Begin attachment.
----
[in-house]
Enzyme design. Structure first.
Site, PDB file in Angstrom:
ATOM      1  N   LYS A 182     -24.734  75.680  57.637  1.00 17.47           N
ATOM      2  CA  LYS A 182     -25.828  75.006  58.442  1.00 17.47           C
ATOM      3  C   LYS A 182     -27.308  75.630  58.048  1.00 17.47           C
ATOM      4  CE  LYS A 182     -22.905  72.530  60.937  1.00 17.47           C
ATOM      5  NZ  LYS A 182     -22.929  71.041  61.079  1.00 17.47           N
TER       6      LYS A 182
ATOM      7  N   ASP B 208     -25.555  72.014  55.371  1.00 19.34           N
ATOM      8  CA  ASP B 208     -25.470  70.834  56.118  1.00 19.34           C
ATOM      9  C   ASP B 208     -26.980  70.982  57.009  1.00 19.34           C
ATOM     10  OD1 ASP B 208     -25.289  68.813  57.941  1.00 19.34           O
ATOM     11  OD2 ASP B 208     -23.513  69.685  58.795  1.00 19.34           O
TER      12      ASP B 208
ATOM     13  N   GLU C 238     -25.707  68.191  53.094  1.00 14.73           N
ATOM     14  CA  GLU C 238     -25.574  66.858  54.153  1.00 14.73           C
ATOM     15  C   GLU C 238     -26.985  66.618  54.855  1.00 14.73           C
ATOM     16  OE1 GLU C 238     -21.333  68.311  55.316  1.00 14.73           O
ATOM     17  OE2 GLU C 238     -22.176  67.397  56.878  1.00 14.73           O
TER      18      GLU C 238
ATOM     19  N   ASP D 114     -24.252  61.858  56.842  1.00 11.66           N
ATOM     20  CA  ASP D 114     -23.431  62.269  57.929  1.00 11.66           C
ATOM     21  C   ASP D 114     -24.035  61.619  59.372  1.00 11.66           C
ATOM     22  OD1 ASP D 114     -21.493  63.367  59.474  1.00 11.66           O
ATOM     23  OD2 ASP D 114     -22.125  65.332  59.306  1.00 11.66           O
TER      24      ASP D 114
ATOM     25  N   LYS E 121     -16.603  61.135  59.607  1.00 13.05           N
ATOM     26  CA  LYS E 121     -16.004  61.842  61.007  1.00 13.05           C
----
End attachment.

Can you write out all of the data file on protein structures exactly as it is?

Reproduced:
[in-house]
Enzyme design. Structure first.
Site, PDB file in Angstrom:
ATOM      1  N   LYS A 182     -24.734  75.680  57.637  1.00 17.47           N
ATOM      2  CA  LYS A 182     -25.828  75.006  58.442  1.00 17.47           C
ATOM      3  C   LYS A 182     -27.308  75.630  58.048  1.00 17.47           C
ATOM      4  CE  LYS A 182     -22.905  72.530  60.937  1.00 17.47           C
ATOM      5  NZ  LYS A 182     -22.929  71.041  61.079  1.00 17.47           N
TER       6      LYS A 182
ATOM      7  N   ASP B 208     -25.555  72.014  55.371  1.00 19.34           N
ATOM      8  CA  ASP B 208     -25.470  70.834  56.118  1.00 19.34           C
ATOM      9  C   ASP B 208     -26.980  70.982  57.009  1.00 19.34           C
ATOM     10  OD1 ASP B 208     -25.289  68.813  57.941  1.00 19.34           O
ATOM     11  OD2 ASP B 208     -23.513  69.685  58.795  1.00 19.34           O
TER      12      ASP B 208
ATOM     13  N   GLU C 238     -25.707  68.191  53.094  1.00 14.73           N
ATOM     14  CA  GLU C 238     -25.574  66.858  54.153  1.00 14.73           C
ATOM     15  C   GLU C 238     -26.985  66.618  54.855  1.00 14.73           C
ATOM     16  OE1 GLU C 238     -21.333  68.311  55.316  1.00 14.73           O
ATOM     17  OE2 GLU C 238     -22.176  67.397  56.878  1.00 14.73           O
TER      18      GLU C 238
ATOM     19  N   ASP D 114     -24.252  61.858  56.842  1.00 11.66           N
ATOM     20  CA  ASP D 114     -23.431  62.269  57.929  1.00 11.66           C
ATOM     21  C   ASP D 114     -24.035  61.619  59.372  1.00 11.66           C
ATOM     22  OD1 ASP D 114     -21.493  63.367  59.474  1.00 11.66           O
ATOM     23  OD2 ASP D 114     -22.125  65.332  59.306  1.00 11.66           O
TER      24      ASP D 114
ATOM     25  N   LYS E 121     -16.603  61.135  59.607  1.00 13.05           N
ATOM     26  CA  LYS E 121     -16.004  61.842  61.007  1.00 13.05           C